Yesterday, the anonymously penned blog Don't Tell the Donor featured an item headlined "The difference between philanthropy and fundraising," in which the writer, who presumably has experience in the nonprofit fund-raising world, essentially argued it's better to have 2,000 donors writing $50 checks than one donor contributing $100,000. Because, "low dollar donors provide an important endorsement that the nonprofit's work matters." And, "all too often it can seem as if major donors are more interested in using their gift to avoid taxes on their wealth or to advance their own social status." Like, oh, Larry David.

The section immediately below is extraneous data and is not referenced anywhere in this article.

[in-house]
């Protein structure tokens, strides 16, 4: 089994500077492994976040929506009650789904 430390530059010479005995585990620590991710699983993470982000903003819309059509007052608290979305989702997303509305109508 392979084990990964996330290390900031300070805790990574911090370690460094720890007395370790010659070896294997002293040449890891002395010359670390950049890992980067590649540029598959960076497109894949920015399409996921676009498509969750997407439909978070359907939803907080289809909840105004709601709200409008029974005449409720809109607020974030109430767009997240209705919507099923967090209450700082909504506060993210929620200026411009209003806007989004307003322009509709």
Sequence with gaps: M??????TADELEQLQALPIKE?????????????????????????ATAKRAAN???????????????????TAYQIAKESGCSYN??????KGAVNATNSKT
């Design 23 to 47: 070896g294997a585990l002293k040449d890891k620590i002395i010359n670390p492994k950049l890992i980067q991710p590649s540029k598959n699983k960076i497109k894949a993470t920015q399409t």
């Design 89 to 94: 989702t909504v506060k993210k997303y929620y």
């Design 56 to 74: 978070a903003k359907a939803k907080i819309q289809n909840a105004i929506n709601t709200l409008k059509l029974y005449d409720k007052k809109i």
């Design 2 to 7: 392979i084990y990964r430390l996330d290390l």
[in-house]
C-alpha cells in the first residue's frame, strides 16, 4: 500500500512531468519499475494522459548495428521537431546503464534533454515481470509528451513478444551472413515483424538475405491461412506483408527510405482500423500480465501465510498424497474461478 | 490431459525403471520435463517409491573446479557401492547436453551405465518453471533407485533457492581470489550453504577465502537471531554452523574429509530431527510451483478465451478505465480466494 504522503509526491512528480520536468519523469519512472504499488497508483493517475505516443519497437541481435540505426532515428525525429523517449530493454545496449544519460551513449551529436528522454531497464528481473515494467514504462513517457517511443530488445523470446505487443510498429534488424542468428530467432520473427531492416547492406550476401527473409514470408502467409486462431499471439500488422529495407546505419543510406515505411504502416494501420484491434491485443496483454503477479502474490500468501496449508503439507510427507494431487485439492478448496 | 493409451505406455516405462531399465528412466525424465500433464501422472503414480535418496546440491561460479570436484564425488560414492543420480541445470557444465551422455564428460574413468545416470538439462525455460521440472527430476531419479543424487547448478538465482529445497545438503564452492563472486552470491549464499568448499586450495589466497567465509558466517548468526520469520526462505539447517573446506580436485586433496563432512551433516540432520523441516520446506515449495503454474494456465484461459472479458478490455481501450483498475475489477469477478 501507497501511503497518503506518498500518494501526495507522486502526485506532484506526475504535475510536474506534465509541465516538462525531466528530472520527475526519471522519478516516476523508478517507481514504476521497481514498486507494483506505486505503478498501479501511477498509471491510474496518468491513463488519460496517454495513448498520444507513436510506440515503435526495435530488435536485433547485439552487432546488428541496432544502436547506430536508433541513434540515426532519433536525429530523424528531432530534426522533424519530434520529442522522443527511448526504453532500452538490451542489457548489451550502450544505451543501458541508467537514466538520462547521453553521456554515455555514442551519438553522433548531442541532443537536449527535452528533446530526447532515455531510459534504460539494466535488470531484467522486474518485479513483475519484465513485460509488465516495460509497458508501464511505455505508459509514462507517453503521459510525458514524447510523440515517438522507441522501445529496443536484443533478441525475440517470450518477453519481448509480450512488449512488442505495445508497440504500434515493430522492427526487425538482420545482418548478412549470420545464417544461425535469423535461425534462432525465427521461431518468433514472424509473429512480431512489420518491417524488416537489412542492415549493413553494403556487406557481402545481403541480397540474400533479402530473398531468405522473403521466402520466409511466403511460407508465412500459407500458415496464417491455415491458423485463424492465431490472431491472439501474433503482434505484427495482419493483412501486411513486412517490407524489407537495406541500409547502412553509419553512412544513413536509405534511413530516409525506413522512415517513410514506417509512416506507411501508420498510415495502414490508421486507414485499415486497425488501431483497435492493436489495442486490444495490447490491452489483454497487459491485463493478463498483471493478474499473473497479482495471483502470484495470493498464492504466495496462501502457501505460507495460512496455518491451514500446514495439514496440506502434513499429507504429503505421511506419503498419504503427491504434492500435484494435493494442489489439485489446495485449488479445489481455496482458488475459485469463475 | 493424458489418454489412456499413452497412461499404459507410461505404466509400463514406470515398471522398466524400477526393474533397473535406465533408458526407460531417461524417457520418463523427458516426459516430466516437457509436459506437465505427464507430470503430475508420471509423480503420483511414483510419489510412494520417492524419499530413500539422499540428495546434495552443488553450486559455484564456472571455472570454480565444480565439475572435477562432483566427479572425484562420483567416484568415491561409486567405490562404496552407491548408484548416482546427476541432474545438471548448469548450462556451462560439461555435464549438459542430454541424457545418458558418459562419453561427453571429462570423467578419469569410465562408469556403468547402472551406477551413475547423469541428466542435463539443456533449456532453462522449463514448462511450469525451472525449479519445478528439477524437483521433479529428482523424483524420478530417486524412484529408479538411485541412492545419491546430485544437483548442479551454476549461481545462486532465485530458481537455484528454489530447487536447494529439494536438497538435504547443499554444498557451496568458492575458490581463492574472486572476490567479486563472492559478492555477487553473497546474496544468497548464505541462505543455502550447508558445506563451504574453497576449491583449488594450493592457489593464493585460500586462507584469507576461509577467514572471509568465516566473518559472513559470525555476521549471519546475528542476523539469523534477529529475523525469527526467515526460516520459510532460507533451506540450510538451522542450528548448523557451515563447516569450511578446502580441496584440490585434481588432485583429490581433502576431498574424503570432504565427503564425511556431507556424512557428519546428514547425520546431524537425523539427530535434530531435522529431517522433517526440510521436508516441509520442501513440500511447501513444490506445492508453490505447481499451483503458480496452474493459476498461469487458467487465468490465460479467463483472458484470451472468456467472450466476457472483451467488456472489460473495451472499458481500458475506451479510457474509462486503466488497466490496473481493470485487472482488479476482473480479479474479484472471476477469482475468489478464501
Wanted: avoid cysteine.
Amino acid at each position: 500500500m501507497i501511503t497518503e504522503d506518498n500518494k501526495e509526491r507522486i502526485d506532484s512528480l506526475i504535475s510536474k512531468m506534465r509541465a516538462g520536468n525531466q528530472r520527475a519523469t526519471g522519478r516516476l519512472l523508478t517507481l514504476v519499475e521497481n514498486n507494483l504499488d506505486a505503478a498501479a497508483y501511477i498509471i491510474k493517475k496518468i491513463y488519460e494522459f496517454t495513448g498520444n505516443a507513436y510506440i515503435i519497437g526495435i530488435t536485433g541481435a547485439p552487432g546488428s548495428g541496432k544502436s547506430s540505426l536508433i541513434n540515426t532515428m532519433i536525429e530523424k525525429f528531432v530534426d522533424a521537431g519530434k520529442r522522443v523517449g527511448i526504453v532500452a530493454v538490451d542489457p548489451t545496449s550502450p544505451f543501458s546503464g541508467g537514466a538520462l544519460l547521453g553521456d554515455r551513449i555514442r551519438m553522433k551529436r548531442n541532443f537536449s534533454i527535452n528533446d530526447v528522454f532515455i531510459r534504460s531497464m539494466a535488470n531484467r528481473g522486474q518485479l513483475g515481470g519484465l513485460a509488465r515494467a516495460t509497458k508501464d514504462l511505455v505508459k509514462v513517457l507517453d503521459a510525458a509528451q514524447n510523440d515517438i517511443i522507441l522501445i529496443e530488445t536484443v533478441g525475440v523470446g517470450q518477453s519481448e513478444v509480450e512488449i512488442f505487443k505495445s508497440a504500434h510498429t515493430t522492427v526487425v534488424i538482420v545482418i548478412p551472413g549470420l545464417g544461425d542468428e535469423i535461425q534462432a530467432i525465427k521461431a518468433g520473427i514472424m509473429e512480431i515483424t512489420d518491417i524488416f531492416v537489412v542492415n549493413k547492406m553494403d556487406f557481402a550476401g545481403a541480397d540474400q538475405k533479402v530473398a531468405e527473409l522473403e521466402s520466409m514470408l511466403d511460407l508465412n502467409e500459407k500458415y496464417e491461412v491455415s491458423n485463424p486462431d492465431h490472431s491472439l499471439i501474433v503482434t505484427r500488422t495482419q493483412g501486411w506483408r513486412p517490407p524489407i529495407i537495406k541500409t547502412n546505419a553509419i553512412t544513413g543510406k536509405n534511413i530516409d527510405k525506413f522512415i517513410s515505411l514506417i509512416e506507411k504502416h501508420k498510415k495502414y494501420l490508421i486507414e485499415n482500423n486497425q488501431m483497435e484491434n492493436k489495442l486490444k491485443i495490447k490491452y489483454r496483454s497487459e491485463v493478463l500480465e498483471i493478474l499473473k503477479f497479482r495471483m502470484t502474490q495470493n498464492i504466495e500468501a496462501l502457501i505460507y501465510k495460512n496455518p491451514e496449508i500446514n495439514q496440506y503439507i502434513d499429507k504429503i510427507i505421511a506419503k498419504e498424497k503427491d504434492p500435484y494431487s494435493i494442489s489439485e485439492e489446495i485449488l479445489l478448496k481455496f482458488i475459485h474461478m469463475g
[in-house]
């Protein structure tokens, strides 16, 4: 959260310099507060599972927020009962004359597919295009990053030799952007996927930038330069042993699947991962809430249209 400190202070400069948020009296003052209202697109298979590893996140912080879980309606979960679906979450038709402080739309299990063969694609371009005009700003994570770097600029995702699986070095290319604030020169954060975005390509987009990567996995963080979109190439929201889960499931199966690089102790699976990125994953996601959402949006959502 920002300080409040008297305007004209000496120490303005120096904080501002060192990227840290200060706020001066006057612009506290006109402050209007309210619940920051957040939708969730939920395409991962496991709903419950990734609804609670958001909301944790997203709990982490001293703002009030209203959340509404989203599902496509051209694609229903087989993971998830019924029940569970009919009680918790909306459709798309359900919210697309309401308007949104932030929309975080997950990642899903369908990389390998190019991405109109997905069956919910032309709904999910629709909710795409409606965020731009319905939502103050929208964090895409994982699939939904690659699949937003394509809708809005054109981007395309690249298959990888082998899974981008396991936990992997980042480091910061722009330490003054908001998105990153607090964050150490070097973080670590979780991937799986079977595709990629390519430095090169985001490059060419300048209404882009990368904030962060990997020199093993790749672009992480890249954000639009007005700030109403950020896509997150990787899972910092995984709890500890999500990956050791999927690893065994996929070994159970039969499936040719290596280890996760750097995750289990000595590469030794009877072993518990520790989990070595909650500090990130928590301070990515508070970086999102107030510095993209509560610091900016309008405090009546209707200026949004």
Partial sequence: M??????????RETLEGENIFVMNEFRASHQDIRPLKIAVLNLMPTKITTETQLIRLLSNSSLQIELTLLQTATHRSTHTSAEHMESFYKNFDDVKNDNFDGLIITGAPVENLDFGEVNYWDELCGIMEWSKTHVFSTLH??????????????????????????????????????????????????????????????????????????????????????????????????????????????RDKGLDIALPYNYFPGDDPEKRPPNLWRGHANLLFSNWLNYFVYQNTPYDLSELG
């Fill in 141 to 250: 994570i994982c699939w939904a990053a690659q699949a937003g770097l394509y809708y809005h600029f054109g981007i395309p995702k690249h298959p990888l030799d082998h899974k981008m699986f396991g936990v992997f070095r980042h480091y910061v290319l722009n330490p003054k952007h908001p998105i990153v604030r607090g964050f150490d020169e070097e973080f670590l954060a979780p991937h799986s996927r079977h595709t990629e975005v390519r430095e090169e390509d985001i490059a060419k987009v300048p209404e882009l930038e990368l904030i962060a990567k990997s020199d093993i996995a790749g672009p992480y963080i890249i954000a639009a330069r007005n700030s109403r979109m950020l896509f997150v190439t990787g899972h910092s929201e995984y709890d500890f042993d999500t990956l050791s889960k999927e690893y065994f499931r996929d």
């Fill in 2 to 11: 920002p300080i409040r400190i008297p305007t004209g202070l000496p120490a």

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The only person to respond to the essay was Jeremy Gregg, who happens to be the director of development for Central Dallas Ministries -- and, as it turns out, the author of the fund-raiser resource blog The Raiser's Razor. Gregg argues that the smaller donations come with their own headaches -- the time, money and staff power spent processing the tiny amounts of cash -- but also points to the larger problems that come with single, big-money donors: "the tyranny of the donors." As in, he writes, "I can tell you that there are people who have given upwards of $100,000 per year who suddenly stopped giving because we invited the wrong speaker to an event or our CEO made a comment with which they disagreed." Do tell, Jeremy. Just between us. --Robert Wilonsky